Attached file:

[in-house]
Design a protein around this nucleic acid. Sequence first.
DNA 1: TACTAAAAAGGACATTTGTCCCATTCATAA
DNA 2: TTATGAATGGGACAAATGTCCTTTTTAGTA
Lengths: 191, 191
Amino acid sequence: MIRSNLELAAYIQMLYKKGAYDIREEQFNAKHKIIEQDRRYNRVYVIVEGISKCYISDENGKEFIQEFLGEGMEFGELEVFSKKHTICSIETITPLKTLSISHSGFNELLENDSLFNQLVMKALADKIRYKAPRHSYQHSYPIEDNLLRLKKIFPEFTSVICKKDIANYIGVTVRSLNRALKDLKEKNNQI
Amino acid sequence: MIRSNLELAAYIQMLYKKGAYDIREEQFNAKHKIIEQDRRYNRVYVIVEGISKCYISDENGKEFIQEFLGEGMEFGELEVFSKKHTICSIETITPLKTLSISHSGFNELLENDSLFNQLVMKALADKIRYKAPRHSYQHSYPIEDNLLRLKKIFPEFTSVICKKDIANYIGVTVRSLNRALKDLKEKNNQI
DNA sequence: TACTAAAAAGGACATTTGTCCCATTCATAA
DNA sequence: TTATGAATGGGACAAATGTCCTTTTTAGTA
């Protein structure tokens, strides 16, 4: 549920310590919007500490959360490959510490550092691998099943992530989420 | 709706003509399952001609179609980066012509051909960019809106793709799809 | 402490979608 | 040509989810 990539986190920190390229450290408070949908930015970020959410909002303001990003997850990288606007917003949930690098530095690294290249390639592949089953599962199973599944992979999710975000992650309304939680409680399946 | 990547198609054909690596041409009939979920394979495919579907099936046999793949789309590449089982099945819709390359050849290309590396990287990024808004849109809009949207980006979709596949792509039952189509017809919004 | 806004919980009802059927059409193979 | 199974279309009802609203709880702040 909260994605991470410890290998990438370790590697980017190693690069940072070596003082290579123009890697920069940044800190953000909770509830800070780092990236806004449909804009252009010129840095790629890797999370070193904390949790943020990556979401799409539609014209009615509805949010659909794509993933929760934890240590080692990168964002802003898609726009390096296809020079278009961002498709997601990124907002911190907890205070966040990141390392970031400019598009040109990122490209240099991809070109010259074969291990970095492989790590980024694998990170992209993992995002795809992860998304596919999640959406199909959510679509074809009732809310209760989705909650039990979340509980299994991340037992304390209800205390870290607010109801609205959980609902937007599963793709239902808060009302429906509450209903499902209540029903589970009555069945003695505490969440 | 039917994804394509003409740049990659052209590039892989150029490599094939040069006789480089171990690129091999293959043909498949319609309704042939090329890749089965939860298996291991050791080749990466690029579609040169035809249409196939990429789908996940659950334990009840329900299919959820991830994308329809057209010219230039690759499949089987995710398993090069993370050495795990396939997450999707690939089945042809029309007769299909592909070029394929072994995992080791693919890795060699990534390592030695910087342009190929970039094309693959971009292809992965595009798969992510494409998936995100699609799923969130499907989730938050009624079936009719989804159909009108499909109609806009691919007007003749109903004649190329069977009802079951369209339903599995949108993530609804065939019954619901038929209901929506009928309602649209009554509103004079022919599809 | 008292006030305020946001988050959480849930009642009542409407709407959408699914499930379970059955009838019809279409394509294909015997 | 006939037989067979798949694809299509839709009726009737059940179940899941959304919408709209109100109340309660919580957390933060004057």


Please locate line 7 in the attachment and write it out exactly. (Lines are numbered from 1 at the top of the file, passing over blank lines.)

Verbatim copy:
Amino acid sequence: MIRSNLELAAYIQMLYKKGAYDIREEQFNAKHKIIEQDRRYNRVYVIVEGISKCYISDENGKEFIQEFLGEGMEFGELEVFSKKHTICSIETITPLKTLSISHSGFNELLENDSLFNQLVMKALADKIRYKAPRHSYQHSYPIEDNLLRLKKIFPEFTSVICKKDIANYIGVTVRSLNRALKDLKEKNNQI